3. If your camera doesn’t have the right ports for your microphone, or if your cables are too short to bring the mic away from the camera, you can easily record sound into a separate audio recorder. You can make an external audio recording on a field recorder, a computer, or even a smart phone duct-taped to a broom stick (our favorite boom pole substitute). Bring your microphone as close as possible to the sound that you want to capture, without letting it show on the camera. Remember that when you’re recording audio separately, you will need to sync the sound. Use a clapboard before each shot, or, if you don’t have one, have a student clap his or her hands in front of the camera—it’s the exact same thing. In the post-production process, you will link the image to the sound by matching the clap.

  4. One creative way to get around the problem of sound recording is to use a voiceover that you can record in a quiet room during the post-production process. A voiceover can be a great way to get students thinking about the play between image and story in a film. You can combine the voiceover with ambient noise recorded through your onboard mic.

  5. Another creative way to enhance the sound quality of your film is to make your own sound effects. This is a fun exercise to do with the class—watch your students become Foley artists. Visit the Classroom Guide to Foley Art for more info and ideas.

  6. Finally, you can browse the Internet for already created sound effects and music that you can use in your film project. Visit the Mixing and Editing Audio page for guidelines for downloading open source sounds and music, and for mastering them in freeware editing software.


Lighting is an important part of the filmmaking process, but professional lighting equipment can be unweidly, highly technical, and expensive. We recommend introducing students to the basic principles of lighting for film and photography, but minimizing the role of artificial light in their final projects. When they have a good understanding of how light works in the camera, students will be able to choose natural lighting situations that yield good results.

For an overview of the basic principles of lighting as they might be taught in the classroom, visit our Classroom Gaffer 101 page.



Depending on time and equipment constraints, and the age and development levels of your students, you may or may not want to engage in a full post-production unit as part of your media making program. We do recommend exposing students to the post-production process either through a lecture or through a participatory post-production lesson. Editing is one of the fundamental pieces of media literacy, and you’ll be amazed to see how the hands-on process of constructing a finished video piece helps students to understand the way that all media is constructed.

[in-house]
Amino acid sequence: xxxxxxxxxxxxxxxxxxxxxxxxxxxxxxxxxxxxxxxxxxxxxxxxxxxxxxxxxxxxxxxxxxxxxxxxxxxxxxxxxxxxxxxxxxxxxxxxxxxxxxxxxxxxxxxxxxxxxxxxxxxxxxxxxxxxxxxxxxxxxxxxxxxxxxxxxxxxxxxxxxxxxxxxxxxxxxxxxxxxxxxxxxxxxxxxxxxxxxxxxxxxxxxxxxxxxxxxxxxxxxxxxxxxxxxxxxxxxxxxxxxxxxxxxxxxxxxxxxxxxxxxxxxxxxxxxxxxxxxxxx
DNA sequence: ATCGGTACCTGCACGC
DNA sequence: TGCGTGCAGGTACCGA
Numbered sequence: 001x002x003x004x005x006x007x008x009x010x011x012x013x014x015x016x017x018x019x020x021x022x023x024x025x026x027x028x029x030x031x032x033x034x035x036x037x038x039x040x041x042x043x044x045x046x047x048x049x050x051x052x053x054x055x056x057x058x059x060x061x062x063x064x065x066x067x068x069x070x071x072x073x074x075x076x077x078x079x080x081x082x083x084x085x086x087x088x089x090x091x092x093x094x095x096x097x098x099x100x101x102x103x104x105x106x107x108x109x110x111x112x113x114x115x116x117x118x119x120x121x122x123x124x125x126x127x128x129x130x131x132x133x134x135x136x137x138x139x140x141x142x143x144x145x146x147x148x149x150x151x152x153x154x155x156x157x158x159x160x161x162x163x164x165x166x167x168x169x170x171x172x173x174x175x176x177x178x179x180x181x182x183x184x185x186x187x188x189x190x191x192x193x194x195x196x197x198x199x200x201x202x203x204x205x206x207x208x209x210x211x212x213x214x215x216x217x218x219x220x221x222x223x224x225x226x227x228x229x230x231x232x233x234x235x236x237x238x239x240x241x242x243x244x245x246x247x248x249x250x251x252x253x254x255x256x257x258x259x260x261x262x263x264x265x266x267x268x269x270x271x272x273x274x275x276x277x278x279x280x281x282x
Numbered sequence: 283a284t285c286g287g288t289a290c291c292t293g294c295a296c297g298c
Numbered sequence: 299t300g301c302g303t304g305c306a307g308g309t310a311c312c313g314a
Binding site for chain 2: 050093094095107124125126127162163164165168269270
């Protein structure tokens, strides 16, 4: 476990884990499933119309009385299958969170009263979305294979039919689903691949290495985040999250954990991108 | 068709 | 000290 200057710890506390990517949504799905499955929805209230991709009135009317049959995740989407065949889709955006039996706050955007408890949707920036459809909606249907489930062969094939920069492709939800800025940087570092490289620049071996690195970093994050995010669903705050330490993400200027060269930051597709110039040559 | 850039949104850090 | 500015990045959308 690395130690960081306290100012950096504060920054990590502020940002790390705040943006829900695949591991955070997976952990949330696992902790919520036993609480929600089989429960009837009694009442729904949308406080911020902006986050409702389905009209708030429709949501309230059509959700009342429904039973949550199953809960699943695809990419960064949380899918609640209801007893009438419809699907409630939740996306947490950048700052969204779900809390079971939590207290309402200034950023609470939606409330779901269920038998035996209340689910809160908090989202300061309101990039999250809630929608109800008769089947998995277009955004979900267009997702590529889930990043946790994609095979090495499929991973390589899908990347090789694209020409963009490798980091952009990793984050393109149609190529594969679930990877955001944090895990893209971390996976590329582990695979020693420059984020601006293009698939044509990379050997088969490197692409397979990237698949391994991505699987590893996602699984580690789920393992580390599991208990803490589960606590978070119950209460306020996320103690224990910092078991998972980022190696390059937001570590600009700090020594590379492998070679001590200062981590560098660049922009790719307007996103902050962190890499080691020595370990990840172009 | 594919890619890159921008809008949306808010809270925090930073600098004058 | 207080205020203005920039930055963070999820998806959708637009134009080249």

If resources, time, or attention spans are limited, you might consider using a projector to make a classroom demo of the editing process so that students gain a sense of the process that goes into constructing media without having to learn the software themselves.

If you decide to guide your class through a post-production unit, here is a basic overview of the equipment you’ll need:

  1. Computers: These will be easier to find than you might think—either Mac or PC is fine, and laptops and desktops work equally well. If you have computers in your classroom, those can almost certainly be used to edit video. If not, talk to the operator of your school’s computer lab to see if you can organize a visit. If there are no computers available in your school, you might consider holding a drive for your classroom (see our Guide for Gear Drives), or coordinating with the media department at your public library.
  2. Software: There are a variety of free software programs for Mac and PC that you can download and install to edit video. Visit our Video Editing Freeware page to assess the programs and determine which is right for your class. Make sure that you know the program well before you try to teach it—make a few home movies to experiment with the software and its features. There will inevitably be glitches once the students start editing, and your life will be easier if you are familiar with the technicals.

  3. External Hard Drives: Depending on the amount of space available on your computer’s internal hard drive, and the format and length of the video that you are recording, you may want to use external hard drives for file storage. For more information about whether an external hard drive is necessary for your project, visit the Video File Formats page.

  4. Final Exhibition: If you go through the editing process with your class, chances are good that you’ll want to sit down and watch your films together. You might even invite parents, or showcase them in the auditorium. Whatever your plan, make sure that you have the technical resources to create a DVD or connect your computer to speakers and a projector. For more information, visit the Finishing and Exhibition Tech page.